Informational materials developed with the Community Engagement Core continue to be the most-highly accessed portions of the website. This year, additions to the freely-available materials included bilingual "Transferable Training Modules on Environmental Science," and two new community information sheets, "What is Mercury" and "Phytoremediation". Hard copies of these materials continue to be distributed to communities throughout AZ by the UA SRP and state agency partners. In addition, RTC Co-I Janick Artiola worked with UA Cooperative Extension partners to develop a series of informational videos for well owners in Arizona, which are available on the website and on Youtube.

Aim 2: Build upon and nurture existing partnerships with government agencies and other entities and develop additional long-term collaborations.

For the seventh year running, the RTC has collaborated with Michael Gill, US EPA Region 9 Superfund and Technology Liaison, to co-host the "Live at Region 9" seminar series. These seminars feature UA SRP research to an audience of EPA Remedial Project Managers (RPM), first through a live presentation at Region 9 and then through a CLU-IN webinar. This year, the RTC has worked collaboratively with Candace Spier Bever, (RTC, UC Davis SRP) to involve Davis SRP researchers. Since April, 2013, four SRP investigators (3 from UA, 1 from Davis) presented two seminars, and another two joint seminars are being planned for 2014.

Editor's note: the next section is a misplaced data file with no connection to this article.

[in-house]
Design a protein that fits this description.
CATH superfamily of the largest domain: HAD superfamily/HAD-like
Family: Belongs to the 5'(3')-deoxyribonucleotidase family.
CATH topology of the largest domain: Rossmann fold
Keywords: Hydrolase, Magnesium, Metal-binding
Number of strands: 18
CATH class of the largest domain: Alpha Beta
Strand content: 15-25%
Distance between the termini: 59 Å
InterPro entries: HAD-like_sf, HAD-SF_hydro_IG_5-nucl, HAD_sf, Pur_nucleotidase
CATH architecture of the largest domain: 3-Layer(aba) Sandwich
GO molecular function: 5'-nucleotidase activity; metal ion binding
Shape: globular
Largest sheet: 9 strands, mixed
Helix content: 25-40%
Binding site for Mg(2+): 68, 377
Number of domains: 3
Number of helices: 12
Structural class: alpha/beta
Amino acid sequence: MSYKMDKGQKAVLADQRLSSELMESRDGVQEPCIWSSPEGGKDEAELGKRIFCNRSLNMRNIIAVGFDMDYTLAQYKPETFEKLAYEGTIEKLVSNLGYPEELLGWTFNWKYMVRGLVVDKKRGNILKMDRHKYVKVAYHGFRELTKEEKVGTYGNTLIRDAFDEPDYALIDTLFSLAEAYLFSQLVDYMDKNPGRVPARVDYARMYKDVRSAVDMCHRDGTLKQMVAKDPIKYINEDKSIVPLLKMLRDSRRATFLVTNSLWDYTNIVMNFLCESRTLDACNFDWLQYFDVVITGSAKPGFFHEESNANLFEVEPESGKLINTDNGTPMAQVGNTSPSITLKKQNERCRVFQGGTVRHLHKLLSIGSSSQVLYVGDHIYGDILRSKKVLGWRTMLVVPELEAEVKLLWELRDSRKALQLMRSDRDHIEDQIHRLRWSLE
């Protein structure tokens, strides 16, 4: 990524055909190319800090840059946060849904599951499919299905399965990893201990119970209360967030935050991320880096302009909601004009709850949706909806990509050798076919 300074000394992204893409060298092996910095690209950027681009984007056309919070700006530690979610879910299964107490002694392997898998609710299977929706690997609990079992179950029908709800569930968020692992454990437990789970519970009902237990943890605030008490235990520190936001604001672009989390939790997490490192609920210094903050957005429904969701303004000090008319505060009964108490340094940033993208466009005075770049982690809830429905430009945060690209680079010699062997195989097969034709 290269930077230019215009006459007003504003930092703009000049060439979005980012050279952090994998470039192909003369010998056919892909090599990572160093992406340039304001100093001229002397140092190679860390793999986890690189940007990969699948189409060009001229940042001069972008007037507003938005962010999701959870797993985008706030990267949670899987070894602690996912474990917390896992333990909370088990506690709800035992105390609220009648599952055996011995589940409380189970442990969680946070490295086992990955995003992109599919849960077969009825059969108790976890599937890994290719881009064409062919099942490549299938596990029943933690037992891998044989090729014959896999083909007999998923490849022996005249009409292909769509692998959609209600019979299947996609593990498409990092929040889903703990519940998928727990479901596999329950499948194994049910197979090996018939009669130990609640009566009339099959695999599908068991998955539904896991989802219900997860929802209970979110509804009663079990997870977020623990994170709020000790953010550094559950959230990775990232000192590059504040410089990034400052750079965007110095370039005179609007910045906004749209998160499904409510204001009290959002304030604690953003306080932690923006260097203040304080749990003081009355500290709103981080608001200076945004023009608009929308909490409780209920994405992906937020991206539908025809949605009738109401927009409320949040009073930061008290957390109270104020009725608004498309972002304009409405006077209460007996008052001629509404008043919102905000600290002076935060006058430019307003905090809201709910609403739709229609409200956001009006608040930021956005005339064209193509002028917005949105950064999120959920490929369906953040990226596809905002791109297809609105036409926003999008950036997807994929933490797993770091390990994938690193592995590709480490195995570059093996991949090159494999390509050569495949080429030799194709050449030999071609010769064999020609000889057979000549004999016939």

A major highlight this year was the Core's participation in a multi-agency community meeting in Dewey-Humboldt, AZ which neighbors the Iron King Mine and Humboldt Smelter Superfund Site. This event (December 7, 2013) required extensive planning and coordination with State and Federal partners throughout 2013 including US EPA Region 9 (Jeff Dhont, RPM, Amanda Pease, Community Involvement Coordinator (CIC), and Sophia Serda, Toxicologist), ATSDR (Ben Gerhardstein, Public Health Advisor, and Jaime Rayman, Health Educator), Arizona Department of Environmental Quality (Sara Benovic and Harry Handler, RPMs, Wendy Flood, CIC), the Arizona Department of Health Services (Amber Asbury, Hsin-I Lin Cox, Jennifer Botsford). The Research and Translation Core developed coordinated messaging to inform community members about how they may be exposed to arsenic and other metals (from both Superfund and natural sources) and to provide practical advice for limiting exposure. They used data from UA SRP Projects and agency studies in the community to provide real-life examples of exposure and exposure reduction.